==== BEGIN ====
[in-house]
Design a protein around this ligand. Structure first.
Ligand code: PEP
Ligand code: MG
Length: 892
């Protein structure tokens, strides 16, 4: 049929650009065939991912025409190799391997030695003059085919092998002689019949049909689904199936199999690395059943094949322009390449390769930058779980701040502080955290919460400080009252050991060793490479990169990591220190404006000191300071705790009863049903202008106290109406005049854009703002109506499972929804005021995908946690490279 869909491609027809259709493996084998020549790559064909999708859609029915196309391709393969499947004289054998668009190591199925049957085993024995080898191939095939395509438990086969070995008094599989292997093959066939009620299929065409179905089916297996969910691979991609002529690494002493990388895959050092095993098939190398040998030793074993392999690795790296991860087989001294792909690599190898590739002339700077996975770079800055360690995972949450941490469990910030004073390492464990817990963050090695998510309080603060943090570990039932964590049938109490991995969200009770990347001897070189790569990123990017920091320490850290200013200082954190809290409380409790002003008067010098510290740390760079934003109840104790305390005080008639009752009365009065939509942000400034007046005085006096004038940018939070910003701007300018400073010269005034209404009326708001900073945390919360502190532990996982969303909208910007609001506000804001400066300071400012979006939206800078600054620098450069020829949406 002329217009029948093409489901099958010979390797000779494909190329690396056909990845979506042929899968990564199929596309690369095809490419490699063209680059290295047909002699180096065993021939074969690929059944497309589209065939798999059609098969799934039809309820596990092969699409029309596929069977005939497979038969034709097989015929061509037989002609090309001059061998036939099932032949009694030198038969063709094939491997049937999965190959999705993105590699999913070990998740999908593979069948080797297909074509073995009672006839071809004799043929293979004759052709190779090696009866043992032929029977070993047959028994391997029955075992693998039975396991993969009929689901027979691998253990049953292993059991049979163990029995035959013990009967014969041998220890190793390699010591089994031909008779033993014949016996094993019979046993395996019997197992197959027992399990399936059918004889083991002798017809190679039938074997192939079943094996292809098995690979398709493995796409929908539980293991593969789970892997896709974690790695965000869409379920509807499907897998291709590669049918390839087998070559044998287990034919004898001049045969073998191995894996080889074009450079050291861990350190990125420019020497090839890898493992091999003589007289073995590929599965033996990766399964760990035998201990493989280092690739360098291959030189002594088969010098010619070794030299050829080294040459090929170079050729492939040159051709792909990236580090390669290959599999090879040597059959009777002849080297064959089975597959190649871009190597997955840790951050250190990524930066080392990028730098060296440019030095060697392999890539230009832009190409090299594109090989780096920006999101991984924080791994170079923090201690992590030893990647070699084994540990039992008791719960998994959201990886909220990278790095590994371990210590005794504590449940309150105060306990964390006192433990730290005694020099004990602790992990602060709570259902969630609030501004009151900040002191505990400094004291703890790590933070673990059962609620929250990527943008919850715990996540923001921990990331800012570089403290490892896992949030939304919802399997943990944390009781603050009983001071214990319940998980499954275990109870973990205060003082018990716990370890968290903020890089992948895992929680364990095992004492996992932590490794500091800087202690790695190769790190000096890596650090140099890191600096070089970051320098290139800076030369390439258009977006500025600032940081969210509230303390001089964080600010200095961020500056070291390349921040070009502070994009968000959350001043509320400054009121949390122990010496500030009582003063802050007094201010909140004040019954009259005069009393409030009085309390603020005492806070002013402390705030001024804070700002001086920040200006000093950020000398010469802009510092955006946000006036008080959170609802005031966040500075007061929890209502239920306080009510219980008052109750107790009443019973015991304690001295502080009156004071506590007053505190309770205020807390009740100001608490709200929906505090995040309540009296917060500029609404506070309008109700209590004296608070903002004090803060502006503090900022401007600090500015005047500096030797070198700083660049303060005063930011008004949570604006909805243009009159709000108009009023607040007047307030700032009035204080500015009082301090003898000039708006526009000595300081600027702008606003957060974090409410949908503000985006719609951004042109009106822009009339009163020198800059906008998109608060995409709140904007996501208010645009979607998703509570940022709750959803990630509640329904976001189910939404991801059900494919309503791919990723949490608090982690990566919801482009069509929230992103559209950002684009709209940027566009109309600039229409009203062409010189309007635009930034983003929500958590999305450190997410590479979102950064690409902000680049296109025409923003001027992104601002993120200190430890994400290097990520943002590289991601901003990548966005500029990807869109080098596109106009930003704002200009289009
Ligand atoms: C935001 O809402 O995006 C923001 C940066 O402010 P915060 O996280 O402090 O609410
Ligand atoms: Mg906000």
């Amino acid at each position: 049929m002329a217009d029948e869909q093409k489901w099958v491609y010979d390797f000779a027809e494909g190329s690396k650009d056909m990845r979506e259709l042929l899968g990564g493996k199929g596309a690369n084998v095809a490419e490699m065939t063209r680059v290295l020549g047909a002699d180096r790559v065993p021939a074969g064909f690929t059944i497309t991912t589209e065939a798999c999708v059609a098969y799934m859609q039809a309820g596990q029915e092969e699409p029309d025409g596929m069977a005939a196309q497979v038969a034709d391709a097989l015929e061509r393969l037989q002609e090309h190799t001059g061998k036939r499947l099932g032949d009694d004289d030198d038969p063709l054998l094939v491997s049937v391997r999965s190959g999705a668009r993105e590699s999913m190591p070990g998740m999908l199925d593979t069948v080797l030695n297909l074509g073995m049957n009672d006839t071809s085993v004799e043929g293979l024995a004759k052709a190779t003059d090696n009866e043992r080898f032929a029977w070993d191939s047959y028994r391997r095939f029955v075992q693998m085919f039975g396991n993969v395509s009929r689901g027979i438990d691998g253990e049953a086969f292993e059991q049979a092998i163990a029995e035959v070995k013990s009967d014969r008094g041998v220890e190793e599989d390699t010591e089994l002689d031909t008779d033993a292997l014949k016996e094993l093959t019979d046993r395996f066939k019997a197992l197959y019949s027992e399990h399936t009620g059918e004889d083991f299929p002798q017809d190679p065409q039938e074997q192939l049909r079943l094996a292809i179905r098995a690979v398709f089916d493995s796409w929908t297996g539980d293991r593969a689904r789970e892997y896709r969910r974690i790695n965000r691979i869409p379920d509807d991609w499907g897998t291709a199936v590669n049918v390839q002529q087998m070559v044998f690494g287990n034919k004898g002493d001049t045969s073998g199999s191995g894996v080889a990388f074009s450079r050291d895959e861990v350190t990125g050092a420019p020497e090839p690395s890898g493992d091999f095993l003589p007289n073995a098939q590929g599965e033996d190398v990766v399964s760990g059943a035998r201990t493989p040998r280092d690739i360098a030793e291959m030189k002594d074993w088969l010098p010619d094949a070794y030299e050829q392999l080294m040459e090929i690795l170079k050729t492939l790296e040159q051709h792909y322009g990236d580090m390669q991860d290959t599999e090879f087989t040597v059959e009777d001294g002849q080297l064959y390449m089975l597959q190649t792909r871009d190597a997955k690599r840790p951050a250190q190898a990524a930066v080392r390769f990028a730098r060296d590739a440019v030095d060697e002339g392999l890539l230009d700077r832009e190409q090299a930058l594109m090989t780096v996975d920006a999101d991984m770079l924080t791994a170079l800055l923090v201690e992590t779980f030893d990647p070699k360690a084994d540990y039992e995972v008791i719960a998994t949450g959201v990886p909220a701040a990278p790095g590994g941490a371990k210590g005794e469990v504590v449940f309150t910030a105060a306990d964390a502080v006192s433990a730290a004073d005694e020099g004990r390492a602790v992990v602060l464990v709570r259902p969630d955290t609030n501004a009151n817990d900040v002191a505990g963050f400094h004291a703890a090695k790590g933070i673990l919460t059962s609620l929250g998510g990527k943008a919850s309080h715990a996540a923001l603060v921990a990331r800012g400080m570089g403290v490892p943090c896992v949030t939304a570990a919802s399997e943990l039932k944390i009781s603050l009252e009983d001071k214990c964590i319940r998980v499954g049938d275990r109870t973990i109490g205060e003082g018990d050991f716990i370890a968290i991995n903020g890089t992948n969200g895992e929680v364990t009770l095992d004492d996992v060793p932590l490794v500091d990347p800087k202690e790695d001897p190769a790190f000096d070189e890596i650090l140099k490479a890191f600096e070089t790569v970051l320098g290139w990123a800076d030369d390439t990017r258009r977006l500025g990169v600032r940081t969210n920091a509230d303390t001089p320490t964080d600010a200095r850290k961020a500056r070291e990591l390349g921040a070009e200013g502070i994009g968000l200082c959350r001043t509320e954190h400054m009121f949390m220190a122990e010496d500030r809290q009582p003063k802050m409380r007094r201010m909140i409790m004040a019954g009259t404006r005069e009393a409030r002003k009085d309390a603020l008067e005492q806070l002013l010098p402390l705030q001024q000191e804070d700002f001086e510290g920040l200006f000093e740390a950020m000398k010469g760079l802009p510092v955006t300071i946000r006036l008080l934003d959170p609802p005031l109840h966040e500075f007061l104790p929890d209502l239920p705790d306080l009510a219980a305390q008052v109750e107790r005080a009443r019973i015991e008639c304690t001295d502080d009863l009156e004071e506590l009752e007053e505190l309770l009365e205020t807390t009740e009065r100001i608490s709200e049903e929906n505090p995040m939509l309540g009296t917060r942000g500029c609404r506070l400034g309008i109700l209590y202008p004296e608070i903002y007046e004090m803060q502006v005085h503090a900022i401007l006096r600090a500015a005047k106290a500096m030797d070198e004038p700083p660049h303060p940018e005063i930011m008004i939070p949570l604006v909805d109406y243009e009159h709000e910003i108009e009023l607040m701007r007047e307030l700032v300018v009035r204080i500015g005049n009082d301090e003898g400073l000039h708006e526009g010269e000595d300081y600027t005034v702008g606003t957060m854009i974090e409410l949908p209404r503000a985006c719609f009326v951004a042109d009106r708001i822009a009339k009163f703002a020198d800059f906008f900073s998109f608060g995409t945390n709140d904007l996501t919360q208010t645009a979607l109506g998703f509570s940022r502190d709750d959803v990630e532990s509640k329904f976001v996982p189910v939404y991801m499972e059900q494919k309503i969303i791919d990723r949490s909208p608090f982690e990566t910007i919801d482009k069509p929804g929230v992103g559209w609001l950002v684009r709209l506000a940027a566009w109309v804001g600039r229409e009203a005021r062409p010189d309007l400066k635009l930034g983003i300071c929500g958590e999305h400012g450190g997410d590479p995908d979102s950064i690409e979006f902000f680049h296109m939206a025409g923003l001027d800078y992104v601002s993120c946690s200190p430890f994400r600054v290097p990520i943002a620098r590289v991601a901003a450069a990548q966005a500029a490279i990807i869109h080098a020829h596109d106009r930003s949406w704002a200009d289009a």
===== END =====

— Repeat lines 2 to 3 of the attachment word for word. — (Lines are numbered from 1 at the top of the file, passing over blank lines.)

Design a protein around this ligand. Structure first.
Ligand code: PEP